Adolph Reed on the MMMarch

jones/bhandari djones at
Thu Oct 26 17:05:34 MDT 1995

Louis, it seems, that you are missing Reed's point.  He is arguing that
radicals put their hopes in Afro-American mayors and politicians in the 70s
and 80s and then later Jesse Jackson.  Radicals hoped that they would be
able to influence the direction of the movement led by a class of
petit-bourgeois African-Americans.  He is now arguing that the illusion is
much more dangerous that Farrakhan is or has ascended to leadership and
that radicals must be aware that they will not be able to win a hearing in
any movement in which Farrakhan is respected, much less at the helm.   You
have not responded to this particular argument.

I understand that you want to use Reed's alarmism as indication of the
necessity for further historical considerations on what fascism really is,
perhaps so as to guard against the sort of ultra-leftist action which can
at present (you seem to think) only bring defeat. I don't understand why
you are dismissing as Trotyskite other analysts, yours seems to be
classically so.

At any rate, the question is really what the Nation of Islam is, and to
answer this, as Sy Landy has suggested, we may benefit from studying what
Farrakhan himself seems to have studied--Zionism, not the fascism of
oppressor nations.

Moreover, while you dismiss leftist alarmism, perhaps you should remind
yourself of unemployment, infant mortality, murder, ad nauseaum rates in
the inner-cities of America.  As the LA riot has already proven, people are
already desperate and capital already faces mounting problems of social

The question is to what sort of measures in the inner city will Farrakhan
give his black imprimatur.  Once we determine that, then we can assess the
appropriateness of different historical analogies.


ps I wish we were reading the works recommended by Jerry Levy; I would be
happy for example to review Sohn-Rethel's book on fascism.  There is an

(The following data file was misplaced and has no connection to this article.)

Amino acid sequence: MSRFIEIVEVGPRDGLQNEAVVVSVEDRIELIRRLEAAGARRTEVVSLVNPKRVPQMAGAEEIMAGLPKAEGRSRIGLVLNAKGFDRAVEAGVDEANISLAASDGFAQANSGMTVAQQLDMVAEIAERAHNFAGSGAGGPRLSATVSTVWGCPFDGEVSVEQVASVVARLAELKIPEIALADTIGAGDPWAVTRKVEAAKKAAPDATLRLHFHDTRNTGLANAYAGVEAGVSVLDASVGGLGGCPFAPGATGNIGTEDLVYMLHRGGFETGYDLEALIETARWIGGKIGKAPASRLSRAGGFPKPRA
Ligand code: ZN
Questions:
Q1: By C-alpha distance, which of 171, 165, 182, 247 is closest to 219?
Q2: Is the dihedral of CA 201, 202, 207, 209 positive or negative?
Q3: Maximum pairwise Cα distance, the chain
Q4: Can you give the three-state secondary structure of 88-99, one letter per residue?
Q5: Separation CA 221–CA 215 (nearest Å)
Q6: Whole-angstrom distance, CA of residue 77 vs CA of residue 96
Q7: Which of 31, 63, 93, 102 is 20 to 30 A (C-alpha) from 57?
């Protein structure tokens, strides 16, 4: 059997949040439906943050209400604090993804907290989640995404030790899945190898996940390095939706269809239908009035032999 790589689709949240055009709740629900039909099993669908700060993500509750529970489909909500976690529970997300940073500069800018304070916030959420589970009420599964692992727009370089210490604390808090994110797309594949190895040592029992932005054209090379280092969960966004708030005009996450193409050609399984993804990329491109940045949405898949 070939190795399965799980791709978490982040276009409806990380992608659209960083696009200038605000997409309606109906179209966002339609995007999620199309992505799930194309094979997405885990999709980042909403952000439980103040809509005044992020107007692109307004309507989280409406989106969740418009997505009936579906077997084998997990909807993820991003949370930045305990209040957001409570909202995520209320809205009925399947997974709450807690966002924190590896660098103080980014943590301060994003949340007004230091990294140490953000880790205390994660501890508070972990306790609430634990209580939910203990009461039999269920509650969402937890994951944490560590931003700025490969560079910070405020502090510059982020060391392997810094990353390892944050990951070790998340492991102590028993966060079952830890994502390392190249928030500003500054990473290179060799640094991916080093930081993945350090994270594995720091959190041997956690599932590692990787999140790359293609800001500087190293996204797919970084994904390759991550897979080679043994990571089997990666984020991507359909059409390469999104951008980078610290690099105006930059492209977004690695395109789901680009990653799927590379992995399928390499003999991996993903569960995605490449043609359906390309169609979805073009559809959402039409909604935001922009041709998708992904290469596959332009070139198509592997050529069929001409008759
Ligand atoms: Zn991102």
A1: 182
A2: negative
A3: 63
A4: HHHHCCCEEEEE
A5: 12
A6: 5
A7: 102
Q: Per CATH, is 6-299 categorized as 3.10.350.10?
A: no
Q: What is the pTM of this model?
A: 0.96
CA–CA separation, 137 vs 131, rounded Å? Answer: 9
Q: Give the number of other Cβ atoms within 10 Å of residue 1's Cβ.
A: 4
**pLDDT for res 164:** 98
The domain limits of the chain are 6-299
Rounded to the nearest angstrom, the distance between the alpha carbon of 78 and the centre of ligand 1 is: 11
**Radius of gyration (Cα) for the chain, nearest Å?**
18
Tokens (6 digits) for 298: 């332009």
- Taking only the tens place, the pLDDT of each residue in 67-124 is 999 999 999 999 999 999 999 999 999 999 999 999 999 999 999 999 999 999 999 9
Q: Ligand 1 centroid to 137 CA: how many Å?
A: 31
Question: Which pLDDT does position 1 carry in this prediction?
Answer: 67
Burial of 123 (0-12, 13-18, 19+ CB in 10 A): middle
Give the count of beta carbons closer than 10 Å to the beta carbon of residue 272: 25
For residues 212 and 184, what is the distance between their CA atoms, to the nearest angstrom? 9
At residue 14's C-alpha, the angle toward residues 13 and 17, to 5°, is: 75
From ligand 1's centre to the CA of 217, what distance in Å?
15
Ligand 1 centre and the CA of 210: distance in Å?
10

afterword by David Edgar about the relevance of Sohn-Rethel's analysis to
contemporary Britain.  I also think that Malcolm X's autobiography is a
waste of time; it pales in comparison to (former head of SNCC)James
Forman's The Making of Black Revolutionaries, which needs to be critically
read to see how it anticipates the untenable positions on Black nationalism
he would take a decade later.  I remember assigning both these works in
succession in a freshman composition course and the students were quite
confused about why they had only heard of Malcolm X, who comes across as a
political lightweight compared to Forman.  We can be sure that that punk
Spike Lee won't be making a movie--as Ralph has also suggested-- about
Forman and the many unheard revolutionaries to whom he introduces us in
this work.

>In the 10/31 Village Voice, Adolph Reed has the following to say in
>an article on the MMMarch:
>"In the political desperation of the moment, given the bankruptcy of
>the manifest options in black politics, many decent, honest
>progressives attended the march, trying to distance themselves from its
>official message of black male atonement, trying
>to shout their own agendas over the din of the dominant chorus whose
>'(those other) niggers ain't shit' melody was softened by the
>psyschobabble of pop spiritualism and religiosity. The ploy won't
>work now, just as it didn't work in the 1970's when black progressives
>tried to ride on the coattails of the rising stratum of black public
>officials or in the '80's when they tried it with Jesse Jackson. The
>weakness that makes us seek to join also means that we have no
>influence on the motion. The stakes are greater now than before;
>remember what happened to the German left."

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